MIT’s Nicholas Negroponte pushes a cheap PC for the rest of the world.
RedHerrring report in the threadlink above on Nicholas Negroponte's brainchild to develop a $100 PC to be aimed at developing markets. China will be first on the list with the units shipping no less than 1 million orders at a time.
Mr. Negroponte’s idea is to develop educational software and have the portable personal computer replace textbooks in schools in much the same way that France’s Minitel videotext terminal, which was developed by France Telecom in the 1980s, became a substitute for phone books.
AMD, Google, Motorola and Samsung are among those that have pledged support for the project.
Yahoo to Offer Financial Data Feeds
Yahoo! will be giving Reuters the boot and will be running feeds direct from the stock exchanges and marketing those services to other sites. Forbes will be its first customer.
Craig Forman, vice president, information and finance, said that Yahoo would continue to license data from providers such as Reuters, but said the company wanted have "greater control and flexibility" over the financial data it receives and distributes.
"We're the No. 1 financial Web site on the Internet," Forman said, adding that Yahoo's Finance section -- http://finance.yahoo.com -- has gained enough recognition as a brand to be sold to other Web outlets.
"Now we're expanding that strategy of syndication to include financial information," Forman said.
No NoFollow - Fight Spam, Not Blogs
Seems like bloggers are starting to realize that nofollow is not necessarily a good thing for them - see the wiki threadlinked above.
Mick Stanic agrees with the anti-nofollow site but Scoble disagrees. Interesting to note that many of the evangelic nofollower's are now downplaying the tags effects on comment spam when only a week or two ago it was hailed as the saviour of blogs....
The National Institute for Mathematics and Computer Science in Amsterdam are experimenting with using the Google database to teach meaning extraction to computers according to NewScientist
To gauge just how closely, Vitanyi and Cilibrasi have developed a statistical indicator based on these hit counts that gives a measure of a logical distance separating a pair of words. They call this the normalised Google distance, or NGD. The lower the NGD, the more closely the words are related.
Google already sort of do it with their ~ function (no it isn't a synonym search whatever they call it, not unless someone redefined synonym while I wasn't paying attention) but in principal it could be interesting if someone can make it work really well - and I wonder if Google will require use of the programme in return for them running it on their database? Now that could open up a lot of possibilities.....
Hyperlinkage is a little like Bloglines only it has less cool features but a much smarter interface - it's very young though - apparently still under development.
Certainly worth keeping an eye on but some questions that immediately spring to mind:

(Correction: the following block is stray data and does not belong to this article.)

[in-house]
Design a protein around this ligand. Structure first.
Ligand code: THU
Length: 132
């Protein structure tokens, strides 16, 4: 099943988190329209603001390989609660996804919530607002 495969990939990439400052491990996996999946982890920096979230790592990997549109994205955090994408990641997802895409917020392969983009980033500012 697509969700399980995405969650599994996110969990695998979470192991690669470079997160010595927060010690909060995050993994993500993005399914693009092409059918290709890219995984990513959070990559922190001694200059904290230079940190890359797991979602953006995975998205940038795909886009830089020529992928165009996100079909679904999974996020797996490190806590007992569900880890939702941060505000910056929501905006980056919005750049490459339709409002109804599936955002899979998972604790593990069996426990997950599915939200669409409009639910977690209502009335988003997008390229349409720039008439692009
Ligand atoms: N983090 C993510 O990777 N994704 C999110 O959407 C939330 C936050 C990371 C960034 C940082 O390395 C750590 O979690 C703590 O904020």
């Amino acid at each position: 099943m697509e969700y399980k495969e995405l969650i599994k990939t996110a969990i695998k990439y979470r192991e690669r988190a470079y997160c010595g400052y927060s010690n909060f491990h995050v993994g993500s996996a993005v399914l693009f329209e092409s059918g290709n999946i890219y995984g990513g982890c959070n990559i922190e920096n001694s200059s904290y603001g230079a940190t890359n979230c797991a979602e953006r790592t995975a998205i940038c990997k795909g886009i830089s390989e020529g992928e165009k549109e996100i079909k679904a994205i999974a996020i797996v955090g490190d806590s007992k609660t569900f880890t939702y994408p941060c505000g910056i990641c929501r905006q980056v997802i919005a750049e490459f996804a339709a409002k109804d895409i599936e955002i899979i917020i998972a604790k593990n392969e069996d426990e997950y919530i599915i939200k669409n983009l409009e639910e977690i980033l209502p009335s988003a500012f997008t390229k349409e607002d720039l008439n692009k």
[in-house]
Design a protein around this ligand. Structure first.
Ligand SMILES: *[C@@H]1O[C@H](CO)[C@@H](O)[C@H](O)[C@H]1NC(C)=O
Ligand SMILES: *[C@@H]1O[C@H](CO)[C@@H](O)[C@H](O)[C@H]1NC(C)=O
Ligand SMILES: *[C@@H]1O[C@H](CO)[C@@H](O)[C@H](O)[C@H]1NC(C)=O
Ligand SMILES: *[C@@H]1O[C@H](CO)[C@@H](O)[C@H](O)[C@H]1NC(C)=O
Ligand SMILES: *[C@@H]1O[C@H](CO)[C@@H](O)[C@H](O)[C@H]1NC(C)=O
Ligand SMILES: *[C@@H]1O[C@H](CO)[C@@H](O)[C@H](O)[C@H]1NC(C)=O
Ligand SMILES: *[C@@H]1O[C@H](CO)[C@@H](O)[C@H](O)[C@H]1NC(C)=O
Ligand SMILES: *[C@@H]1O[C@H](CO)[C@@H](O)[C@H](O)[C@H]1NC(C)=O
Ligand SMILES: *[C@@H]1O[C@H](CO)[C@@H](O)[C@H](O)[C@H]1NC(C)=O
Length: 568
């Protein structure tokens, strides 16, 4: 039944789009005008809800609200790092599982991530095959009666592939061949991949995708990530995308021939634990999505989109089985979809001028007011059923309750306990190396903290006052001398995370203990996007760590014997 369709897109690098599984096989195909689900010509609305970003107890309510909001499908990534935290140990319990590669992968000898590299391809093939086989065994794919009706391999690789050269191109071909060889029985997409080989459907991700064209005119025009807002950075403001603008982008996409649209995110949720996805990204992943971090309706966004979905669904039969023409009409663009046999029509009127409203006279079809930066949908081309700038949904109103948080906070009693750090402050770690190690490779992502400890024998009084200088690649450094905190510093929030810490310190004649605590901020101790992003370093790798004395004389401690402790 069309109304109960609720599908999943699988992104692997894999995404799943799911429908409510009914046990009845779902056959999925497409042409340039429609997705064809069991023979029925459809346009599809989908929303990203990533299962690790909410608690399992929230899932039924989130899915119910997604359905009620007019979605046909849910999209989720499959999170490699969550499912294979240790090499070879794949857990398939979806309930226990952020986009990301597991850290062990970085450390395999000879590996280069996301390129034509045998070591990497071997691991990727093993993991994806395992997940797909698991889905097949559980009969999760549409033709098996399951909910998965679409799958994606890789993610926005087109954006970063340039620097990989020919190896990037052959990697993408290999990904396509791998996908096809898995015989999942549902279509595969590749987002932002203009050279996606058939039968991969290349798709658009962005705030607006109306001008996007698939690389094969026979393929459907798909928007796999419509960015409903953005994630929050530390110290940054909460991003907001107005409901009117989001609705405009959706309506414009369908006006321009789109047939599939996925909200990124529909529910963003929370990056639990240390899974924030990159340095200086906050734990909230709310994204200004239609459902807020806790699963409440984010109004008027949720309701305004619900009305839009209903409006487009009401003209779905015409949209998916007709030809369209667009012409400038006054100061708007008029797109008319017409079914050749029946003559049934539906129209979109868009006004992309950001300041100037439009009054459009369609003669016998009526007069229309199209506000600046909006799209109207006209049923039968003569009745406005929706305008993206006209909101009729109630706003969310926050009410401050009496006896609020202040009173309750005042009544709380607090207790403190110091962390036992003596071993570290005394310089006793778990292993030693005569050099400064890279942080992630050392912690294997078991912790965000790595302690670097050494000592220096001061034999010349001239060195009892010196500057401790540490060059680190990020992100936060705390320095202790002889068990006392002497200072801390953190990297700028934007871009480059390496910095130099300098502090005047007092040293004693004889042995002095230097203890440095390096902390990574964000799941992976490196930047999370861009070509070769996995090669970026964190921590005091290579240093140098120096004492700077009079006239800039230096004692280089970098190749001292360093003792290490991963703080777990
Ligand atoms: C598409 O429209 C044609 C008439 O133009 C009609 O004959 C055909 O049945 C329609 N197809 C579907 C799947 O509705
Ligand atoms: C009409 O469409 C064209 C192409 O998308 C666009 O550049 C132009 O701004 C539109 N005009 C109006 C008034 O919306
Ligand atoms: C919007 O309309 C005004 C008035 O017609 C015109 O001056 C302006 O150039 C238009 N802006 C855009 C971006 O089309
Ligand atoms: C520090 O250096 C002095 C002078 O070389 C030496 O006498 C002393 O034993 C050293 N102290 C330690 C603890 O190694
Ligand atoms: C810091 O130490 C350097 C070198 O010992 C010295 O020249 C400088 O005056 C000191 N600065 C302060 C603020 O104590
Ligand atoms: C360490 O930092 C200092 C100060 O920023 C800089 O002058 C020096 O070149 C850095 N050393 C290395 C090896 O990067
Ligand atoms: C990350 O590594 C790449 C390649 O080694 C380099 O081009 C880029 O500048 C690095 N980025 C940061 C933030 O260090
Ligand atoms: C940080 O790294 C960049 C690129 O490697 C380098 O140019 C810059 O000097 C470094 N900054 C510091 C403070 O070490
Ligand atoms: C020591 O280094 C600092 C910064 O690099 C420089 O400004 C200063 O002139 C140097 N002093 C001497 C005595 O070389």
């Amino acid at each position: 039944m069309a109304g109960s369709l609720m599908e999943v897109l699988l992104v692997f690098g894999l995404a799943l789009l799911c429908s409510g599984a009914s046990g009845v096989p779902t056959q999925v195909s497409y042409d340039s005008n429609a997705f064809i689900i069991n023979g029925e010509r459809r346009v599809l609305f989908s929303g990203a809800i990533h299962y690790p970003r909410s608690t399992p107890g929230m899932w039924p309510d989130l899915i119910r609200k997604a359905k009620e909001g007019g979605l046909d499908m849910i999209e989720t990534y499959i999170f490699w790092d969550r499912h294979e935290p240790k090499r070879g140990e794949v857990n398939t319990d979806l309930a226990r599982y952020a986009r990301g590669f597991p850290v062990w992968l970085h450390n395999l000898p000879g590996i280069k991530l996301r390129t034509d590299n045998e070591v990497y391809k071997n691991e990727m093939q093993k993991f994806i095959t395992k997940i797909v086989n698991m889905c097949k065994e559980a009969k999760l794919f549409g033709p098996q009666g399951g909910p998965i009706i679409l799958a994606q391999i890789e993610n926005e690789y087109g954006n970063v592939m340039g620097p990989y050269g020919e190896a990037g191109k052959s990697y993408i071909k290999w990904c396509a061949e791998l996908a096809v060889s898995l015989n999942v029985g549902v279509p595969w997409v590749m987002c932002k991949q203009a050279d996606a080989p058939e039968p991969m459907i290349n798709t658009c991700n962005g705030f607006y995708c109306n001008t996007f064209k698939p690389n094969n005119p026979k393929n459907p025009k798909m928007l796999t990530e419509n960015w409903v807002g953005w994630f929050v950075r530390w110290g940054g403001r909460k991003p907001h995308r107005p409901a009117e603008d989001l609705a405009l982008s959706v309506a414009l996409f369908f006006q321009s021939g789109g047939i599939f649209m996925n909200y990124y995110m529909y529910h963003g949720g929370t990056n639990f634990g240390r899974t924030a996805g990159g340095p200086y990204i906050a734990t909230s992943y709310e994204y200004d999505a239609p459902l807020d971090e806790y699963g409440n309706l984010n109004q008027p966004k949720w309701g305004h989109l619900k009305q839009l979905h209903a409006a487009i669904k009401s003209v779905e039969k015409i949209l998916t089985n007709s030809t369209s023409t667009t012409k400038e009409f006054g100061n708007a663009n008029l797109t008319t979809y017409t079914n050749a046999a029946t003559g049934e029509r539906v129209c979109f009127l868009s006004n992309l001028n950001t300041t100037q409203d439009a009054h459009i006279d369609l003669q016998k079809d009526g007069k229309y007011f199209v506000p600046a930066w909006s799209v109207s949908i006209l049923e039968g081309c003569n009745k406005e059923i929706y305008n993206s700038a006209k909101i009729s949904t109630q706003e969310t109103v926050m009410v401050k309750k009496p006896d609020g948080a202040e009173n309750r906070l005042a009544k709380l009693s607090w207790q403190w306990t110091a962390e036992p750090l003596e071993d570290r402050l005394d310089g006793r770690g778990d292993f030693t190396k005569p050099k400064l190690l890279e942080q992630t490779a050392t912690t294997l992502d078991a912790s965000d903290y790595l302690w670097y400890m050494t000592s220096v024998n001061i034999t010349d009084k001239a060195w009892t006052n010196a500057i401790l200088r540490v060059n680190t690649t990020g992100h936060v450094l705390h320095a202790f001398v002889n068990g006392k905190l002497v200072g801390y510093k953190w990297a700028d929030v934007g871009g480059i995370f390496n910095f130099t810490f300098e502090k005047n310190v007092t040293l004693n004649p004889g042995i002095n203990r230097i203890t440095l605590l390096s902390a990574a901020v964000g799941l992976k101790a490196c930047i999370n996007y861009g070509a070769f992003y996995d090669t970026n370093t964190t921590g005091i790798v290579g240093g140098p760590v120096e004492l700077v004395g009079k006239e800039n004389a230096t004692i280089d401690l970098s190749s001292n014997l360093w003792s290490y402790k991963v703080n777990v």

It gathers feeds when you want them, not every hour like bloglines - if it gets popular that'd be a big bandwidth/load balance concern im guessing.
Where's the biz model?
Im not sure if this is just "someones site" or a funded project but it does look like it has potential and i love the way you can simply get all your feeds in order but mixed.. er what i mean is, i subscribed to the threadwatch feed and the library stuff feed and all the stories came up at once but in timestamped order - neat. You can also get them individually.
Apple Edges Google as Top Brand
According to a survey by Brandchannel Google are no longer classed as the top brand worldwide.
In the survey of almost 2,000 ad executives, brand managers and academics by online magazine Brandchannel, Apple ousted search engine Google from last year's top spot, but the surprise to many will be Al Jazeera's entry into the top five.
interesting that neither Apple nor Google appear in the Europe and Africa top 5, but Nokia (mobile manufacturer) are, the North America tops are mostly tech while the S. America tops are almost entirely food and drink related with no tech at all.
Was The Mark Jen Flap A Publicity Stunt?
Last week there was much fun and mayhem with Google's rather unfortunate new employee Mark Jen - we had a field day here at Threadwatch (or i did at least heh...) with these threads:
Google Gag Rogue Blogger - But Yahoo! Tells the Story
The FULL Mark Jen Google Blog - The Blog Google tried to Gag
Mark Jen #2 - Google's Idiot Blogger Returns
In the last one i mentioned a few suspicions i couldn't quite shake off about the whole thing:
You know, there's a nasty, cynical little voice inside my head that keeps crying "Setup! it's a setup!" - this voice argues that PR is a funny old game and messin' with the blogosphere is *easy* - it's no real bad press for Google - but it's a hell of a lot of attention for them on a day when GOOG stock is downgraded
and now it seems that those suspicions may not have been so far fetched at all. From the blogoscoped post threadlinked above of an original post at dirson:
Mark has no reason for it, so either Google is publicizing him, or someone is trying to make Google look bad by purchasing this ad. Of course, there is little chance of the second theory, since, as Dirson shows, the very text of the ad is rejected by AdWords, since you cannot use the word "Google" in an ad!
Now, why would google do this?
They need a scoble?
Making the best of a bad situation
It was all a setup from the start for publicity?
Digital identity event at Future Salon
Nial Kennedy has some nice recordings of a presentation at Future Salon on Digital Identity including Eric Sachs of Google who talked about Orkut and Gmail and some of the issues surrounding digital identity and what G feel users want and need.
It's a worthy listen though their is little of surprise in the talk...